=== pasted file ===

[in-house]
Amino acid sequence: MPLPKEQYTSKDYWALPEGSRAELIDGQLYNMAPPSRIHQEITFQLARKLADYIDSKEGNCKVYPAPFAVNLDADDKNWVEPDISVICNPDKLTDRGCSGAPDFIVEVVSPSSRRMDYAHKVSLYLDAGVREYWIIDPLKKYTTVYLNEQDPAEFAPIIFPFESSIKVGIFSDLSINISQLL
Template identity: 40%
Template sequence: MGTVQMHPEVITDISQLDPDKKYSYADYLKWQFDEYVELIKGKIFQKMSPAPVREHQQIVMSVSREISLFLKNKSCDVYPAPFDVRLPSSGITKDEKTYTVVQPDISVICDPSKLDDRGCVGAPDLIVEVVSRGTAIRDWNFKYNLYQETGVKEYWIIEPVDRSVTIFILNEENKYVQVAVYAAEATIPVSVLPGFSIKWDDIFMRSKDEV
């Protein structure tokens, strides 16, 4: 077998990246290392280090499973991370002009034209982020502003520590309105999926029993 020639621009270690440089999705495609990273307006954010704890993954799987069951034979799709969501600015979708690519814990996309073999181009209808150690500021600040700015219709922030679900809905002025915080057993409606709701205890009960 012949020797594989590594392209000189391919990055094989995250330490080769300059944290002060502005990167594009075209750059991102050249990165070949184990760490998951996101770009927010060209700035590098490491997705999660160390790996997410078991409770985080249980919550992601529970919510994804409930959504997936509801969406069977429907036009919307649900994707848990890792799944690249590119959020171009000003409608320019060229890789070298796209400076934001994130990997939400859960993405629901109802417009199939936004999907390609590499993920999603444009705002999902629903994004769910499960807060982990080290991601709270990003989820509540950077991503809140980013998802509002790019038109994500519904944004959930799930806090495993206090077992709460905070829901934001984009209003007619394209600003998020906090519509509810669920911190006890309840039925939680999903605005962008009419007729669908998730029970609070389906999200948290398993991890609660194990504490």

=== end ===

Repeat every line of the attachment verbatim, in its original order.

[in-house]
Amino acid sequence: MPLPKEQYTSKDYWALPEGSRAELIDGQLYNMAPPSRIHQEITFQLARKLADYIDSKEGNCKVYPAPFAVNLDADDKNWVEPDISVICNPDKLTDRGCSGAPDFIVEVVSPSSRRMDYAHKVSLYLDAGVREYWIIDPLKKYTTVYLNEQDPAEFAPIIFPFESSIKVGIFSDLSINISQLL
Template identity: 40%
Template sequence: MGTVQMHPEVITDISQLDPDKKYSYADYLKWQFDEYVELIKGKIFQKMSPAPVREHQQIVMSVSREISLFLKNKSCDVYPAPFDVRLPSSGITKDEKTYTVVQPDISVICDPSKLDDRGCVGAPDLIVEVVSRGTAIRDWNFKYNLYQETGVKEYWIIEPVDRSVTIFILNEENKYVQVAVYAAEATIPVSVLPGFSIKWDDIFMRSKDEV
């Protein structure tokens, strides 16, 4: 077998990246290392280090499973991370002009034209982020502003520590309105999926029993 020639621009270690440089999705495609990273307006954010704890993954799987069951034979799709969501600015979708690519814990996309073999181009209808150690500021600040700015219709922030679900809905002025915080057993409606709701205890009960 012949020797594989590594392209000189391919990055094989995250330490080769300059944290002060502005990167594009075209750059991102050249990165070949184990760490998951996101770009927010060209700035590098490491997705999660160390790996997410078991409770985080249980919550992601529970919510994804409930959504997936509801969406069977429907036009919307649900994707848990890792799944690249590119959020171009000003409608320019060229890789070298796209400076934001994130990997939400859960993405629901109802417009199939936004999907390609590499993920999603444009705002999902629903994004769910499960807060982990080290991601709270990003989820509540950077991503809140980013998802509002790019038109994500519904944004959930799930806090495993206090077992709460905070829901934001984009209003007619394209600003998020906090519509509810669920911190006890309840039925939680999903605005962008009419007729669908998730029970609070389906999200948290398993991890609660194990504490």